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Dustin Putman

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Street Kings  (2008)
2 Stars
Directed by David Ayer
Cast: Keanu Reeves, Forest Whitaker, Chris Evans, Hugh Laurie, Cedric the Entertainer, Jay Mohr, John Corbett, Terry Crews, Naomie Harris, Common, The Game, Martha Higareda, Amaury Nolasco.
2008 – 109 minutes
Rated: Rated R (for strong violence and pervasive language).
Reviewed by Dustin Putman, April 10, 2008.
Continuing in the tradition of 2001's "Training Day" and 2003's "Dark Blue," "Street Kings" serves to further tarnish the LAPD's credibility by depicting virtually every single person on the force as a dirty cop abusing their power to commit unlawful acts. It's a story that has been played out more times than can be counted—director David Ayer alone has been responsible for all three of the aforementioned pictures, penning the scripts for the former two—and is none too fresh on this go-round.

Detective Tom Ludlow (Keanu Reeves) is a veteran cop whose inability to deal with the sudden death of his wife has left him prone to rash acts of violence on suspected thugs and criminals, a fact that has, thus far, been promptly swept under the rug by supportive superior Captain Jack Wander (Forest Whitaker). When fellow officer Terrence Washington (Terry Crews), someone Tom publicly has it out for, is gunned down during a convenience store ambush, Tom happens to be at the scene of the crime, and the implications don't look good. With the help of rookie detective Paul Diskant (Chris Evans), Tom sets out to find and, one can only presume, kill the two mystery men who committed Terrence's murder. Things, however, are not as they first appear. Are they ever?

"Street Kings" is a tromp through familiar territory, and not one of the better examples of it. Screenwriters James Ellroy, Kurt Wimmer (2006's "Ultraviolet") and Jamie Moss are well-equipped to build and develop a plot and characters, slowly peeling back the layers as all the elements move into focus, but they also aren't above overwrought, borderline-silly revelations at the expense of any kind of moral stance. Who, exactly, is the viewer supposed to be rooting for? Save for the two significant female roles—Naomie Harris (2006's "Miami Vice") as Terrence's widowed wife, and Martha Higareda (2007's "Borderland") as Tom's concerned nurse girlfriend—the characters are unsavory, corrupt and often lacking a basic conscience. By default, Tom is the de facto protagonist, but just because he's emotionally troubled doesn't absolve him from drinking on the job, putting innocent people in harm's way and becoming a gun-happy vigilante.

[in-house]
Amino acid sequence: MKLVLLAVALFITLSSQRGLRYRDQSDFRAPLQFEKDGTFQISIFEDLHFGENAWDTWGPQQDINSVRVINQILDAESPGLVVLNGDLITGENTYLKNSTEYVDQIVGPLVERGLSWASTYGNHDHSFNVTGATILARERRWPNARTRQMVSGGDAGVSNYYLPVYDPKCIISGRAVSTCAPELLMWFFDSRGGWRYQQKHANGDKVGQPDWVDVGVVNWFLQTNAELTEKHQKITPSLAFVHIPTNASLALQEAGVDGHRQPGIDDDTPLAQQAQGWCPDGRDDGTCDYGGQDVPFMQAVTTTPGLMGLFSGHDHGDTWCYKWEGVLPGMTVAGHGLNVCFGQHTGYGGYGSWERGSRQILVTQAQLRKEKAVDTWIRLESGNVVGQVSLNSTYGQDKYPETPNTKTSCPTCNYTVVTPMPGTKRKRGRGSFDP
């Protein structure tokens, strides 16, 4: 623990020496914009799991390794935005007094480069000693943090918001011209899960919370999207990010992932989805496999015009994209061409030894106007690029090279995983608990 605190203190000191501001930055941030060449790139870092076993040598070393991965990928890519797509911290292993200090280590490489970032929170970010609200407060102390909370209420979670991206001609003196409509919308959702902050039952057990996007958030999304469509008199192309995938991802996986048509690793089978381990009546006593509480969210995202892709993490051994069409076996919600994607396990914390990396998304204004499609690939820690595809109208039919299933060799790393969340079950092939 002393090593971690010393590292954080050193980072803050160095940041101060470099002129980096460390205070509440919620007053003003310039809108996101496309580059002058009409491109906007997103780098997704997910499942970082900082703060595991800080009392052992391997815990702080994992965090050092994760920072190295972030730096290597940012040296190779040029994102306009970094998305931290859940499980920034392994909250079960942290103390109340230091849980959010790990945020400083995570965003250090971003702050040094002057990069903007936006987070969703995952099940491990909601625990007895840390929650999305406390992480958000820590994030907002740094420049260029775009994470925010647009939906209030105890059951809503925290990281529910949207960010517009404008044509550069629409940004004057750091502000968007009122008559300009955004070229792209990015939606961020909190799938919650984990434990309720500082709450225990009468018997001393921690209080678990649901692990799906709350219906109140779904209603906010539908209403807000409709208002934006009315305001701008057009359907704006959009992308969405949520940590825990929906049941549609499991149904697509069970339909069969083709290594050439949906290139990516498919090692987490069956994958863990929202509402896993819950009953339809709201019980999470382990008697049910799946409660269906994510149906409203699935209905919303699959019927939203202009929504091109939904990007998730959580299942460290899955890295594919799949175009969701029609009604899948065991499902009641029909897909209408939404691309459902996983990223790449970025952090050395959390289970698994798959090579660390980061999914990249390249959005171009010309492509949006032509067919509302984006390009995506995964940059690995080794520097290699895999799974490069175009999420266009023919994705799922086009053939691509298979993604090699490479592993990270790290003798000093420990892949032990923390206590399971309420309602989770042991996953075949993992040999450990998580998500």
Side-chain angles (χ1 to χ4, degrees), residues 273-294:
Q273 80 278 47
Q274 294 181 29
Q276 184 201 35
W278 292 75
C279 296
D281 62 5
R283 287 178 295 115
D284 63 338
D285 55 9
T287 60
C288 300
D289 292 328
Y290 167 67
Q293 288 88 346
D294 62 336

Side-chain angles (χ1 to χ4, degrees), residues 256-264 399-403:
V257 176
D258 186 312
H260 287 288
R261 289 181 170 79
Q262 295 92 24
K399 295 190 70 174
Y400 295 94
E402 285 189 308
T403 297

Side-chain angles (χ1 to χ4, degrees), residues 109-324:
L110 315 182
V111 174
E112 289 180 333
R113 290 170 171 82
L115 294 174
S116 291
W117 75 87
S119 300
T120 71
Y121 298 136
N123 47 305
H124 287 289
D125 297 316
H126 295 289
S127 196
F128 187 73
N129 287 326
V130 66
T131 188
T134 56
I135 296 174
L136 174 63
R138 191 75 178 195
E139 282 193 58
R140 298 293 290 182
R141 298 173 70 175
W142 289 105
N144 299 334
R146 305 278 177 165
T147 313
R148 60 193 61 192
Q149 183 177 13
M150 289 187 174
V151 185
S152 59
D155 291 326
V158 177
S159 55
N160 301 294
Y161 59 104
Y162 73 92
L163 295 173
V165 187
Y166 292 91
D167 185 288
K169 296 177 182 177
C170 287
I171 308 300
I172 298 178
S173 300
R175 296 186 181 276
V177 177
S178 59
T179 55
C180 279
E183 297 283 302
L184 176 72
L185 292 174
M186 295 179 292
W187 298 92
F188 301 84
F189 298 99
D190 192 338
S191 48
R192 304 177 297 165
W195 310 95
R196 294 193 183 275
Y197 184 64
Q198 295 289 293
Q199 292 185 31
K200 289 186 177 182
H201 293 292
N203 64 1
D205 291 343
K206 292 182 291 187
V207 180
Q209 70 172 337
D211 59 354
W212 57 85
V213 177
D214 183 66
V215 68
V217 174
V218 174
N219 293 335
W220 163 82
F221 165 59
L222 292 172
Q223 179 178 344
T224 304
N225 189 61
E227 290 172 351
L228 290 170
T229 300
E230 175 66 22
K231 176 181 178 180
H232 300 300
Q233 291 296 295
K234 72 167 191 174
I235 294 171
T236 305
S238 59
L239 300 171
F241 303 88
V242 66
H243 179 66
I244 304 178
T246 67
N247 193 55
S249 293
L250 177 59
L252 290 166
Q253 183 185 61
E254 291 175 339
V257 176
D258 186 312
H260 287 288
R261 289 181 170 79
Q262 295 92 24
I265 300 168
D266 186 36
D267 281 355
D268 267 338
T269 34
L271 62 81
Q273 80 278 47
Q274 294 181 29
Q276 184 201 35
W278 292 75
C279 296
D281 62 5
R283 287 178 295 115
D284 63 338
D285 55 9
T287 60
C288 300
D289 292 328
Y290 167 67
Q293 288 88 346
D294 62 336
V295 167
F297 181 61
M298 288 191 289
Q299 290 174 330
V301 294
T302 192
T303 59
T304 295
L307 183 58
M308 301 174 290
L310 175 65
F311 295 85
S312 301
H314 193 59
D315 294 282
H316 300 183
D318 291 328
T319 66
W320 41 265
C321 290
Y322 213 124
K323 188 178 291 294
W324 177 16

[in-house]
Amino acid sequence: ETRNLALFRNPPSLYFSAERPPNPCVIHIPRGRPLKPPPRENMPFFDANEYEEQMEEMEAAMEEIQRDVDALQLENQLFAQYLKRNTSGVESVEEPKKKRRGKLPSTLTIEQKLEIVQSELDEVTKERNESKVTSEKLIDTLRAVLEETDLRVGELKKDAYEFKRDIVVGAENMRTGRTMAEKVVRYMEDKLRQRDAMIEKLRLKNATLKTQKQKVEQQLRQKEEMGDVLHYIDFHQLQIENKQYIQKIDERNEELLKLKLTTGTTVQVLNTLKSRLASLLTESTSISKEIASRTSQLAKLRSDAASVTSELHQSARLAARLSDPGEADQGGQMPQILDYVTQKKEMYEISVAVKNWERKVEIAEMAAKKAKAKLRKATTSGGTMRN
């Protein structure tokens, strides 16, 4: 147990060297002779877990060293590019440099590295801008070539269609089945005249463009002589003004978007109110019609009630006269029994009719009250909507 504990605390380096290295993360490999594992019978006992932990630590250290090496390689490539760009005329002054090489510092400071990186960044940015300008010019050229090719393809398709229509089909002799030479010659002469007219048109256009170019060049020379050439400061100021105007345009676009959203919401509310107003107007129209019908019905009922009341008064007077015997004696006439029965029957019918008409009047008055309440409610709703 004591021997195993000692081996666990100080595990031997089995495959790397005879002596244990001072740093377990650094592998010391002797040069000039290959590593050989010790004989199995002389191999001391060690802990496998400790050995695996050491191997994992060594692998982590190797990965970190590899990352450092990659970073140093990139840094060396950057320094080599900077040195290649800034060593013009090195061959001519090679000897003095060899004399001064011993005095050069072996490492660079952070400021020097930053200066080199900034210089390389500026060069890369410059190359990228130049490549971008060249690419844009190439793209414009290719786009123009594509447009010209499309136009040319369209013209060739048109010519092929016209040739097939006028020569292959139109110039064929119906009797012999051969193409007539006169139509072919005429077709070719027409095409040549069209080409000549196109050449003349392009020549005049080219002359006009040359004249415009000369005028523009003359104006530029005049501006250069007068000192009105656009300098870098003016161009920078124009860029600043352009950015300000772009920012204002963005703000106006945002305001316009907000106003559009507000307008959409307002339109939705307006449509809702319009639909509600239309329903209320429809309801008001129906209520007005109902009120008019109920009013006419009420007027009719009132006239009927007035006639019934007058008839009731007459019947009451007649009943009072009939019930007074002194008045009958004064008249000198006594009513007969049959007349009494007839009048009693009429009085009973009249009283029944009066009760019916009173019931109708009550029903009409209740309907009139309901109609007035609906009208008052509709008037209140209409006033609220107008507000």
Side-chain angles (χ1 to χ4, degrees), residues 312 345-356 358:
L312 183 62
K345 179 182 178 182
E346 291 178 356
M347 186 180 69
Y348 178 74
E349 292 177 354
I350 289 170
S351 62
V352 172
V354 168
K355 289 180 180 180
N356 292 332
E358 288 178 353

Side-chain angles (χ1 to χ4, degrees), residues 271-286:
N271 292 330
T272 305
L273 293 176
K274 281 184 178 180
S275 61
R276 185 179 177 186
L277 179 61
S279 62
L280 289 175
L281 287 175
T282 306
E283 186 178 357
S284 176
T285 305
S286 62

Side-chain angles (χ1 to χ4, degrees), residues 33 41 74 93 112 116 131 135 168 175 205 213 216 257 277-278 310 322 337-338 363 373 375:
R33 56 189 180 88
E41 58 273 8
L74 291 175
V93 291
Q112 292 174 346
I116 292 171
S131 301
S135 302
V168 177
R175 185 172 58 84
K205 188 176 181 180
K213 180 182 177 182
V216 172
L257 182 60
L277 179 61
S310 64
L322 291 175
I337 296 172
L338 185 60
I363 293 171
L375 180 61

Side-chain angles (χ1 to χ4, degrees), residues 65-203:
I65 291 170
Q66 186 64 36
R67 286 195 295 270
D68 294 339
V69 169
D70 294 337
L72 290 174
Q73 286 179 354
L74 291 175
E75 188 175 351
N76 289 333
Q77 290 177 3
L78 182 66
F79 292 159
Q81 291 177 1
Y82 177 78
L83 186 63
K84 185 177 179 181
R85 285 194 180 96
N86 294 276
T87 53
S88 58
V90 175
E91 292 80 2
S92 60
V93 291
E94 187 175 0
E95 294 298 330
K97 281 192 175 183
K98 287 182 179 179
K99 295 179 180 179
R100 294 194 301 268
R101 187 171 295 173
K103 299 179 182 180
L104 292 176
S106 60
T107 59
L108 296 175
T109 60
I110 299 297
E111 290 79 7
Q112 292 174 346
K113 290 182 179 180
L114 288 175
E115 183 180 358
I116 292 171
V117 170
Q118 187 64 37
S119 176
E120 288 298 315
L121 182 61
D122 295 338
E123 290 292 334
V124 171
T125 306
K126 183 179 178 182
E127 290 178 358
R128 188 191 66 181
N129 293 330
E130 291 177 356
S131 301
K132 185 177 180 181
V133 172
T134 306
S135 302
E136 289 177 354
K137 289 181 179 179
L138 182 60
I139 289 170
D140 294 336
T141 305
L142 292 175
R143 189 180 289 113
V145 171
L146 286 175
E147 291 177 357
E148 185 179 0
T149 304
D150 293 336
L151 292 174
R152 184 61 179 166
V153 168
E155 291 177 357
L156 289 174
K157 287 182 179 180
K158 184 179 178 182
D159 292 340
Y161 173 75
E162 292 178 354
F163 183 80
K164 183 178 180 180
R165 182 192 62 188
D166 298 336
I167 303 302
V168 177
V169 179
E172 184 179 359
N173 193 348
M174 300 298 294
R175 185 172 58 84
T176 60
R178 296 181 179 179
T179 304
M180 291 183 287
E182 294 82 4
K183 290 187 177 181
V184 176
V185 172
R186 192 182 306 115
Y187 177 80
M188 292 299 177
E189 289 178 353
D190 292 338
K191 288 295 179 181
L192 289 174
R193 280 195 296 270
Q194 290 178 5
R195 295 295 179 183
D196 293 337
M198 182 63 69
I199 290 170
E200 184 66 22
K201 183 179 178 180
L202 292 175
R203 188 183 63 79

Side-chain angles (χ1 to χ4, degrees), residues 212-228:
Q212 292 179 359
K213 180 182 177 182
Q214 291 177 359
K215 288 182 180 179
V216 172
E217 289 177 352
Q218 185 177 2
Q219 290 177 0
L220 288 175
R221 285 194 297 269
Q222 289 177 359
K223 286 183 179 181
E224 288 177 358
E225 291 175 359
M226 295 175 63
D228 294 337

Fifteen years ago, Keanu Reeves (2006's "The Lake House") may have been accused of being a wooden actor who got lucky in reaching A-list status, but he has deservedly put that behind him and proven his talent and range. Reeves is excellent here, intense and believable as a bitter cop who has begun taking the law into his own hands. His character is perhaps too out of control to truly get behind as an audience member, but he does look positively saintly next to his fellow ensemble. The rest of the oddball cast, a mixture of dramatic thespians, rappers and comedians, are a mixed bag. Chris Evans (2007's "Fantastic Four: Rise of the Silver Surfer") seems a little out of his element as Tom's makeshift partner Paul Diskant, Hugh Laurie (TV's "House" and 2002's "Stuart Little 2") overdoes it as a suspicious police captain hot on Tom's trail, and Cedric the Entertainer (2008's "Welcome Home Roscoe Jenkins") gives possibly the best performance of his career as Scribble, a fast-talking druggie who assists Tom in pinpointing the whereabouts of the suspects.

"Street Kings" ably keeps one's attention as the plot thickens, and there are a few thoroughly suspenseful moments as Tom finds himself in some precarious situations. The third act, though, grows more illogical by the second, and the ending, lacking a much-needed arc for Tom, leaves one wondering what the point was. Director David Ayer displays a gritty promise behind the camera, and would likely do a bang-up job with stronger material. "Street Kings" simply brings nothing new or different to the "bad cop" subgenre.
© 2008 by Dustin Putman
Dustin Putman